This article is only available in the PDF format. Download the PDF to view the article, as well as its associated figures and tables.
Obstructive sleep apnea (OSA), a form of periodic breathing during sleep, is the most common cause of respiratory failure during sleep. It causes a relative lack of breathing and sleeping that bodes disaster for the patient. Alternately breathing and not breathing, the afflicted sleeper struggles to inspire through an obstructed upper airway or, more correctly, an occluded oropharynx. He repeatedly experiences episodic hypoxemia, which, in turn, disrupts his sleep. (This use of the male pronoun is convenient and correct, statistically; OSA is rare in women.)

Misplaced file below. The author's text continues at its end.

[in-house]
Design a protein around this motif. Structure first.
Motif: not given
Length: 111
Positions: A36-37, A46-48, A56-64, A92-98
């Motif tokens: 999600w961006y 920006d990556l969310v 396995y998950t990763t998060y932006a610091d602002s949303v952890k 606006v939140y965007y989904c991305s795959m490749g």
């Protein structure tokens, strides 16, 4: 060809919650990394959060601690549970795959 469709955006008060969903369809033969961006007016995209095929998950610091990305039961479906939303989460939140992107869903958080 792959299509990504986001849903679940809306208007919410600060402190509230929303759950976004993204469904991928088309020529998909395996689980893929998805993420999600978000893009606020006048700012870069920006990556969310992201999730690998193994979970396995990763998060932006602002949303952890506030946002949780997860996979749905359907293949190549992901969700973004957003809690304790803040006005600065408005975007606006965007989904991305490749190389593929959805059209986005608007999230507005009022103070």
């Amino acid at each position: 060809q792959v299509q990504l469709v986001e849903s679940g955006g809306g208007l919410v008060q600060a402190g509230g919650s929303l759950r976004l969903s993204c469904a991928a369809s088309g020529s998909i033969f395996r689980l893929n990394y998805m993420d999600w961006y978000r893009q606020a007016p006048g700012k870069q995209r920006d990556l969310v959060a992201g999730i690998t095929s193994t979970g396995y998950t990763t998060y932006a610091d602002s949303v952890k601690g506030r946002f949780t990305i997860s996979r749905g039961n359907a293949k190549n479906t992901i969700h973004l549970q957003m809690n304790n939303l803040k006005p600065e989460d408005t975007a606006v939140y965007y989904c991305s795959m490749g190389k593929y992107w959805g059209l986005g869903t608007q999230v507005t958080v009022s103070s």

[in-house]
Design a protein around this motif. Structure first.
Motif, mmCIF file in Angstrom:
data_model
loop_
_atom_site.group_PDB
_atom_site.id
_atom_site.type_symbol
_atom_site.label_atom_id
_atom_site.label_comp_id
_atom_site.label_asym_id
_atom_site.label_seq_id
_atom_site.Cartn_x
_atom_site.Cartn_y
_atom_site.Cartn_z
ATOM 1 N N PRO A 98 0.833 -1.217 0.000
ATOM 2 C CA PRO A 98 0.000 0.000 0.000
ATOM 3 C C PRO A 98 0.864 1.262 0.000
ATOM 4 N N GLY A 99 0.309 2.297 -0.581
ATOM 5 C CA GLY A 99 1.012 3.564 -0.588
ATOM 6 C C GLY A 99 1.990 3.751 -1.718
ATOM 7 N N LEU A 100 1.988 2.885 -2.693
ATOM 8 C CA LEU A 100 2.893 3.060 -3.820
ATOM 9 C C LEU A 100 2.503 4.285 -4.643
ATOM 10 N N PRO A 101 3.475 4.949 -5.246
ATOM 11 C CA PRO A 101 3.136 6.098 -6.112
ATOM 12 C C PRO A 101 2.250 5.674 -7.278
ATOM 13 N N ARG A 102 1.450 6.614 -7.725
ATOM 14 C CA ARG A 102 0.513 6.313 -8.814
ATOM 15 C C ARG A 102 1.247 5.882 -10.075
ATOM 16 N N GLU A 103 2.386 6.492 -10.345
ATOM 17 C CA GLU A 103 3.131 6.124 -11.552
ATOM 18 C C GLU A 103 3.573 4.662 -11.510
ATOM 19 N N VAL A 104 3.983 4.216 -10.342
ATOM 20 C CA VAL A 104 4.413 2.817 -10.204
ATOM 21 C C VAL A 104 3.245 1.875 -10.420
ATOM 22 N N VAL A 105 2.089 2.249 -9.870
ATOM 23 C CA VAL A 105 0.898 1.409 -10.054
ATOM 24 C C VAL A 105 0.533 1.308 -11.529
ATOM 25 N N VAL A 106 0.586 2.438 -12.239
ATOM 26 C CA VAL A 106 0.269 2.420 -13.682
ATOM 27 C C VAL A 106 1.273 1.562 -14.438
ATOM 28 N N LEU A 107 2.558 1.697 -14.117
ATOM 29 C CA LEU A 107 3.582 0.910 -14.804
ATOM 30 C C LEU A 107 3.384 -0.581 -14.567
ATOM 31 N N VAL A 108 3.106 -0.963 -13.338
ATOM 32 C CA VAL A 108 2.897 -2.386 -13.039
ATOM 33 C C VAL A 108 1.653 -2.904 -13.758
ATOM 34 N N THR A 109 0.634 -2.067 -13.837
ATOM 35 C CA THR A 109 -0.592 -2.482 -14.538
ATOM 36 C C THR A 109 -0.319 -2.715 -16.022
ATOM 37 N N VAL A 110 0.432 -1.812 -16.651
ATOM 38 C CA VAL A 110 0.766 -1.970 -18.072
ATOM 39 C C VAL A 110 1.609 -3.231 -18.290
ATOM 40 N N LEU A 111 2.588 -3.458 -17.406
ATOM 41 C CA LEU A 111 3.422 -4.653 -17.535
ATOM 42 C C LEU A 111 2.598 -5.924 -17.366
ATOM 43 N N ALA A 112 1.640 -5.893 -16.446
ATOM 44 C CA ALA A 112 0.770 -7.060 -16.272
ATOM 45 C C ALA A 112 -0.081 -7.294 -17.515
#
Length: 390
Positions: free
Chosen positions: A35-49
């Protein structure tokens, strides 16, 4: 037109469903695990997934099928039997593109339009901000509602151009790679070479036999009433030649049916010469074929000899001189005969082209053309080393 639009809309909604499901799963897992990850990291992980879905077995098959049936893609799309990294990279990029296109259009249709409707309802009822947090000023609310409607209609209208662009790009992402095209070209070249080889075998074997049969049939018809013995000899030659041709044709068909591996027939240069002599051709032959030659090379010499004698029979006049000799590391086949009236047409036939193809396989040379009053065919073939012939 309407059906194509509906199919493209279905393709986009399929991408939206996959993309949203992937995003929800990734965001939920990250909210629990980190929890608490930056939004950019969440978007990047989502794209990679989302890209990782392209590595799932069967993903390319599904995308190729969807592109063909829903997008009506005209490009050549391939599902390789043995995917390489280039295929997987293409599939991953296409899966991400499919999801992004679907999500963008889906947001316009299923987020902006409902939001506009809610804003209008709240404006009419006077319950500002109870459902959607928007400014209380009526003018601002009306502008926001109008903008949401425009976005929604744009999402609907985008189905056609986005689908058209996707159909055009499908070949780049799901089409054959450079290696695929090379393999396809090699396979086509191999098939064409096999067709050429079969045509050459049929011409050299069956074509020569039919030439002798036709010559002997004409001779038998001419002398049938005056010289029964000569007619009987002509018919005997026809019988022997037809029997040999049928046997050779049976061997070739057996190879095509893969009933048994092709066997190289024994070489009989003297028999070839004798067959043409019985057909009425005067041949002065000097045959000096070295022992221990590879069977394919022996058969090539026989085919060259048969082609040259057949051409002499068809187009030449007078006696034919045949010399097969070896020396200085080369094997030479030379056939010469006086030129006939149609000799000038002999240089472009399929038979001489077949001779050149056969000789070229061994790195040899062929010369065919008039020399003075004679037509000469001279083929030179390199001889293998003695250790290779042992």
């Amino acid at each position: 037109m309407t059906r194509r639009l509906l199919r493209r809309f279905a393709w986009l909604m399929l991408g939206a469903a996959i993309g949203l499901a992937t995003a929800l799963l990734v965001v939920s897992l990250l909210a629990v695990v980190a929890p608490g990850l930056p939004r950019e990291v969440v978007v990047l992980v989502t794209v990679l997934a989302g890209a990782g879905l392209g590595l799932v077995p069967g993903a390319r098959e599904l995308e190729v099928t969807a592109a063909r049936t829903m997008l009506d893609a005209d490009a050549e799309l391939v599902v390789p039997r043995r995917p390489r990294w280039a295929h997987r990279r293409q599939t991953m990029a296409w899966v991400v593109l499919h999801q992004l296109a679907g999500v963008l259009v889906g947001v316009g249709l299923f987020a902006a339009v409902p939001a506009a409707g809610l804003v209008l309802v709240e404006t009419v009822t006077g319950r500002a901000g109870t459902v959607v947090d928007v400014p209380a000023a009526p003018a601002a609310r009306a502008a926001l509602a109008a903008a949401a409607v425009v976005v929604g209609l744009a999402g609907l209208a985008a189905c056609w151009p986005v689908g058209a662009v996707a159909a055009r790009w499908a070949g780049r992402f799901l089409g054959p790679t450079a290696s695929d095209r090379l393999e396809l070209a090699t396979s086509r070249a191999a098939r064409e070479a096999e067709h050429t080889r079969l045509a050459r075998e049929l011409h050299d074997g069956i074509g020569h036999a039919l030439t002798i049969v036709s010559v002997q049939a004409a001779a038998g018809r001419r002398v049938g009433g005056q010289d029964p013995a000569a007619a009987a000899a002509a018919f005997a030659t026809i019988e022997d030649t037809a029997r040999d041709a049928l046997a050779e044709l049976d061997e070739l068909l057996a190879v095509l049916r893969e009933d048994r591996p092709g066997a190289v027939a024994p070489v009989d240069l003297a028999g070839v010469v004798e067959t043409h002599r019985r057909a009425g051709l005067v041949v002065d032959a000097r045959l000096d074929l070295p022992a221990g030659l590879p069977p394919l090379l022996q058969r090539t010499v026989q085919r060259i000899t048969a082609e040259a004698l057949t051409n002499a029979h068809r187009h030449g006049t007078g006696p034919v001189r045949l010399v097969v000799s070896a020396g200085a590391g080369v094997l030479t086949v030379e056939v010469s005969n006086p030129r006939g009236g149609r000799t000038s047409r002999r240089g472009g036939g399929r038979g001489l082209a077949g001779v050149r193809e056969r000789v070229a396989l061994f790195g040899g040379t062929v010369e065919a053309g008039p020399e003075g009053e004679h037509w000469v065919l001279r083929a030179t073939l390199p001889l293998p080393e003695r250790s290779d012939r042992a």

Obstructive sleep apnea is a multisystem disorder involving metabolic, respiratory, and neural abnormalities. The cause of the airway obstruction is multifaceted and includes the following: structural encroachment on the oropharyngeal lumen, subatmospheric intrapharyngeal pressure, and hypotonicity of oropharyngeal muscles. Similarly, secondary disease manifestations appear in multiple systems; respiratory failure, cor pulmonale, and hypersomnolence are characteristic of severe OSA, and this complex is usually referred to
Remmers JE, Anch AM. Sleeping and BreathingWhat to Do for a Lack of Both. Arch Intern Med. 1981;141(8):989. doi:10.1001/archinte.1981.00340080029010